By Deborah Yaffe, Mar 3 2014 02:00PM
The library gods are smiling upon us Janeites.
As I reported in my recently completed “Watsons in Winter” blog series, Jane Austen’s niece, Catherine Hubback, was the first author to turn her hand to completing Austen’s novel fragment The Watsons. In fact, Hubback’s 1850 novel The Younger Sister is the first published example of Austen fan fiction, a genre that has, to say the least, come into its own in the intervening years.
Physical copies of the book, which is long out of print, are available only in the collections of a handful of research libraries. And to date, only the first two of Hubback’s three volumes have been digitized; as I learned when I looked into the issue last year, the third volume, held by the Bodleian Library at Oxford University, was found to be too fragile to scan.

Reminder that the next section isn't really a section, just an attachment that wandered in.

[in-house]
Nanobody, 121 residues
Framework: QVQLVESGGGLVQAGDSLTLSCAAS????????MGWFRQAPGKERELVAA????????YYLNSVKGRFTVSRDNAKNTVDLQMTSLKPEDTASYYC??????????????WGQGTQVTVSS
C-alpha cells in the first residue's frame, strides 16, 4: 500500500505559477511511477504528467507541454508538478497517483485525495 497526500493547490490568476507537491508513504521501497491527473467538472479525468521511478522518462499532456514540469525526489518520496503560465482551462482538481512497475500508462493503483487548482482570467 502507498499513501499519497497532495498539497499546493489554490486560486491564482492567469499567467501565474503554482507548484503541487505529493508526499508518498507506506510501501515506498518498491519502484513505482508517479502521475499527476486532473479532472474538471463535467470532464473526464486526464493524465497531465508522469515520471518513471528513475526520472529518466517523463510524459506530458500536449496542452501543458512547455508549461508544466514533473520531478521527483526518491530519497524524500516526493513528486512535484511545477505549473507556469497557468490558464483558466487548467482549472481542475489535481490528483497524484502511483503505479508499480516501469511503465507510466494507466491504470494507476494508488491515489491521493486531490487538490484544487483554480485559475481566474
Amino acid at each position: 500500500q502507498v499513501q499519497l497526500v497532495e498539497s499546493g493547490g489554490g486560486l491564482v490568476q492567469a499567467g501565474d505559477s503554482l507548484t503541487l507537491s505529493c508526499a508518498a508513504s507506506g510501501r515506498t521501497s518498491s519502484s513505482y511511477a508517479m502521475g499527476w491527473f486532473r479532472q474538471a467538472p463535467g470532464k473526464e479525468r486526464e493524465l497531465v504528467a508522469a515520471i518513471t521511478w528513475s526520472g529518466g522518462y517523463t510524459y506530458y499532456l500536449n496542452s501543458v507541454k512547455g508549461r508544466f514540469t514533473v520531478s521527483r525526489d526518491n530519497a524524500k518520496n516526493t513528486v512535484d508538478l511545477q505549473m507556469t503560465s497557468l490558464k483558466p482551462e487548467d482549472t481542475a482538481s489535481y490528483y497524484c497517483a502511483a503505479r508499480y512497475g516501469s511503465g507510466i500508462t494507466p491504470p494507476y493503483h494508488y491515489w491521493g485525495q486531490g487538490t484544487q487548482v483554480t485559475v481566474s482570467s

It’s a frustrating situation for Janeites intrigued by the book’s historical importance – not to mention for readers hoping to find out how Hubback wraps up her rather enjoyable plot.
But despair not: help is at hand. Last year, when I learned about the missing third volume, I contacted the library of the University of Iowa, which holds the only copy of Hubback’s novel that circulates via interlibrary loan in the United States.
Shawn Averkamp, the library’s acting head of digital research and publishing, responded promptly and positively to my email explaining the historical interest and frustrating inaccessibility of Hubback’s work.
And now comes a happy update: Averkamp tells me the library has placed its copy of Hubback’s Volume 3 in its digitization queue, and the book should be available for Google-assisted viewing in a month or so.
How cool is that? Our happy ending awaits. . .